I played the Fallout 76 beta over the past couple weeks and had a great time playing with friends, actually, a better time than I expected.

The quests were really fun, great and weird Fallout-type quests, exploring was awesome, crafting was a lot of fun, hoarding materials filled that great gaming compulsive itch, and there were plenty of exciting moments all shared by my friends and I. However, Fallout 76 is still a big open online survival game and, here’s where my opinion comes in, all those games are not good games. I’ve played 7 Days to Die, Miscreated, Rust, Hurtworld, Conan Exiles, and one or two more I can’t remember. I’ve watched my friends play all the others - DayZ, H1Z1, Scum, etc. Not a single one of these games is good, however compared to all of them I’d have to say Fallout 76 is the best: the smoothest, the most fun, the most player friendly, the best at managing griefing, it has the best world and the best enemies. And I would still say Fallout 76 is not a good game, but I am going to play it, probably a lot, and really enjoy it.

So the obvious next question is - well what do I mean by “good”? We are living in a time where online gaming is bigger than ever and growing massively every year. The range of quality in popular online games is wild - completely polished, beautiful, virtually bugless games like Overwatch are just as popular (or less popular) as ugly, klunky, bug-ridden games like PUBG. Open world online survival games have an interesting niche in this online world - they are much slower-paced than most online games even while the risk in them is generally higher, they’re competitive but they don’t have matches or scores or teams or wins. I actually think survival games are closer to a traditional table top RPG than MMORPGs are - you have one life, your growth as a character is very slow, you never become this walking video game god because death is always around the corner, and when you die death is often almost as unforgiving as tearing up your paper character sheet. So why don’t I think they’re good? Simply put: the technology is not there yet to accomplish what these survival games want to be. Especially since they’re all made by smaller game companies with limited budgets and staff and they’re trying to make this new genre of game that is online, massive, and complex - which is why they virtually all sit in early access for years and never feel complete when they are officially released. Another comparison is games made for the Atari: genres of games were all over place but where the Atari was built for games like Pong, it was not built for many others it released.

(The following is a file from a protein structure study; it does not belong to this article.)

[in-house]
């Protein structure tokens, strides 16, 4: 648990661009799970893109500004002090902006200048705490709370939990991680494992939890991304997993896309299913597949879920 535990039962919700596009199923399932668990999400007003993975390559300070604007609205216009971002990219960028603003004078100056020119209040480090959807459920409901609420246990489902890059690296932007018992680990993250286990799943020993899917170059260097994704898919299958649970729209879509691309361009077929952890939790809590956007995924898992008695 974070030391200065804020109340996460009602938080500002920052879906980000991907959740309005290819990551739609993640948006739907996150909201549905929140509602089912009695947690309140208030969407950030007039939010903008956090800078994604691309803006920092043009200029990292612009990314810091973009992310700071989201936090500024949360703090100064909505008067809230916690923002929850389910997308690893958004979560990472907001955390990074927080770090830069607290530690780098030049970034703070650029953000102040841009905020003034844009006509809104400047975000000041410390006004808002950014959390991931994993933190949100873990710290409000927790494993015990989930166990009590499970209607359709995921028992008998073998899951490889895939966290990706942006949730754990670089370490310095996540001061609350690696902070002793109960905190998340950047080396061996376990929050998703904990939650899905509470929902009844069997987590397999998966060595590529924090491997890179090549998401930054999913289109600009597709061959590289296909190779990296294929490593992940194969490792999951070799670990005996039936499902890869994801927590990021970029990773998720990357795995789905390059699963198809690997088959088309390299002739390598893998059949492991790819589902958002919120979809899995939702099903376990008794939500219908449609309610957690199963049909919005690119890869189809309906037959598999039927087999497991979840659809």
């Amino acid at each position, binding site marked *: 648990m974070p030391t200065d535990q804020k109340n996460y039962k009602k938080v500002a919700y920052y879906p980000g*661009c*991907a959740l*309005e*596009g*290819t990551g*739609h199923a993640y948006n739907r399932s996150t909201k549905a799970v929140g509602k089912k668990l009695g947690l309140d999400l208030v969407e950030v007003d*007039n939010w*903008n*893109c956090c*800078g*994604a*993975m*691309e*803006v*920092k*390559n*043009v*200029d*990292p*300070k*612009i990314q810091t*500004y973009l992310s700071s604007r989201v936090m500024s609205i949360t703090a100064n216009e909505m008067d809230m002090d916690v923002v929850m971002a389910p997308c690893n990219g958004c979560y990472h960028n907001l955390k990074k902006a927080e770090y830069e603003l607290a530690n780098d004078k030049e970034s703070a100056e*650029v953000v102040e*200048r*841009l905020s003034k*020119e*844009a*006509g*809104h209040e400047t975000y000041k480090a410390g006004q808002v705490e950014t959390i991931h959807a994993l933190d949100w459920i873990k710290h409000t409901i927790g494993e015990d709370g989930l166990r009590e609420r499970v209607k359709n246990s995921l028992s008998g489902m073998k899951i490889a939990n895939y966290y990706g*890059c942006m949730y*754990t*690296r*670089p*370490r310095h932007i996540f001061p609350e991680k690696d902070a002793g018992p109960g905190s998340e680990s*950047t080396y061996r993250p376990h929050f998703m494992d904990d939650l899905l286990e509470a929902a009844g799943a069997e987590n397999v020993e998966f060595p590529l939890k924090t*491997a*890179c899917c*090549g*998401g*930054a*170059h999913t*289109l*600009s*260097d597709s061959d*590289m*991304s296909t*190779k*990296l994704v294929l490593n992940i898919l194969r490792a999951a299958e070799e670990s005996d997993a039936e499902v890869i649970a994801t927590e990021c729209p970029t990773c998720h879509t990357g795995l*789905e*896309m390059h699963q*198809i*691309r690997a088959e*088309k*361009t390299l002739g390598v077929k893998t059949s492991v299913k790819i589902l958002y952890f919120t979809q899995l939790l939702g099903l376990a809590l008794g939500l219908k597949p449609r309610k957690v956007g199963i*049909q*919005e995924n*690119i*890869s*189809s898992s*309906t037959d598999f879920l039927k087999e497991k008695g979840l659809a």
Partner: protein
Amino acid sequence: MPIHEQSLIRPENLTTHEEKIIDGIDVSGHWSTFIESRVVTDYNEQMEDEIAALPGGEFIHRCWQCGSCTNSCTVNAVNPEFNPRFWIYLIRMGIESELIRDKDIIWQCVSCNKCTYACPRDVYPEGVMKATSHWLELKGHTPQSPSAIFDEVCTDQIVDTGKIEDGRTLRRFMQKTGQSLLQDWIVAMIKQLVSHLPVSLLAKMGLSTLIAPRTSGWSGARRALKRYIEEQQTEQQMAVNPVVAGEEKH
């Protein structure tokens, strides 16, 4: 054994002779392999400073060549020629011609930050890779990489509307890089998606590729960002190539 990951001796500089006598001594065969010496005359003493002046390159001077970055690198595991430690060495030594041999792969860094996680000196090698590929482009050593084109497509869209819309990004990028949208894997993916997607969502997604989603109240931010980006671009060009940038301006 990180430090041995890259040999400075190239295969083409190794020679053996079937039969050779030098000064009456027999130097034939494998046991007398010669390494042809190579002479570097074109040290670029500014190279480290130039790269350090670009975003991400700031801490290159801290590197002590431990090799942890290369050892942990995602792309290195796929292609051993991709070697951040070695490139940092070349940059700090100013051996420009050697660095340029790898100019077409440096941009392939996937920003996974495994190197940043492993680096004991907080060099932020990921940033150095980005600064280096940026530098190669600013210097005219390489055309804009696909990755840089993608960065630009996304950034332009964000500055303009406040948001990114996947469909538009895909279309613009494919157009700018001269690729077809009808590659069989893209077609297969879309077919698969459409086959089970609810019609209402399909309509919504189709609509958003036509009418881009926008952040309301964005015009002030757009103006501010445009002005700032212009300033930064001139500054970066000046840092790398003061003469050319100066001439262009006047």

Outlaw for Atari - cool concept... incapable of being good on the Atari

At the time, however, it’s hard to see this when it’s all you know. All we know right now are buggy, never ending alphas and betas, poorly designed, ruined by griefers, ugly as hell, klunky, hard to play online survival games. But people love online games because, as much as we don’t want to admit it in our modern world, we love and need contact with other people. These games are a new genre, they allow you to get into all sorts of ridiculous situations with friends or strangers - and those high moments, moments that can happen anywhere or in any game but are an innate part of survival games, are what people remember. So my point is...it’s okay to like something that’s bad or mediocre. These games are inevitable in the technological growth of online gaming. There is a future that exists where an absolutely mind-blowing incredible Fallout online game exists, it’s probably a mesh of MMORPGs and survival games, and is far bigger and more complex than anything even remotely possible today. Or who knows, maybe it will just be in VR?

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And that’s where managing your expectations come in. I think people are being overly critical of Fallout 76 because people’s expectations for games are ridiculously high - part of a cycle created by gaming corporations and irrational player bases. All video game RPGs are still struggling to capture the depth, creativity, and narrative of table top role playing games or, more directly, of human imagination. Fallout 76 feels weird and is weird because it’s an RPG without NPCs - but it could never be a survival game and a deep RPG at the same time because gaming technology just can’t do that yet. Or maybe it could but....the ingenuity is not there yet or no company is willing to take that monetary risk because if we had a true video game RPG, a true world that is player driven, that is slow, deep, realistically paced, and constantly changing it would be wildly expensive beyond anything we’ve seen in gaming.

You shouldn’t expect Fallout 76 to be what it can’t. I’d argue in spite of it’s more specific flaws, it is objectively the best made online survival game yet, primarily because Bethesda has the money and the experience to make it the best. Enjoy this moment in gaming, have fun with your friends in a Fallout world, and down the line you’ll have good memories even if you think the game was pretty mediocre, and that’s okay. I’m glad Bethesda took this risk, they could have easily made a Fallout MMORPG and that would have been way less interesting. We, as players, should be praising game companies when they take risks and manage our expectations of what those risks produce. I’ll definitely be playing a lot of Fallout 76 with my friends and I look forward to seeing what the next major survival game ends up being. I have a theory that Diablo 4 will be heavily influenced by this genre but....that’s for another article.

See you, actually for real this time, in the Wasteland!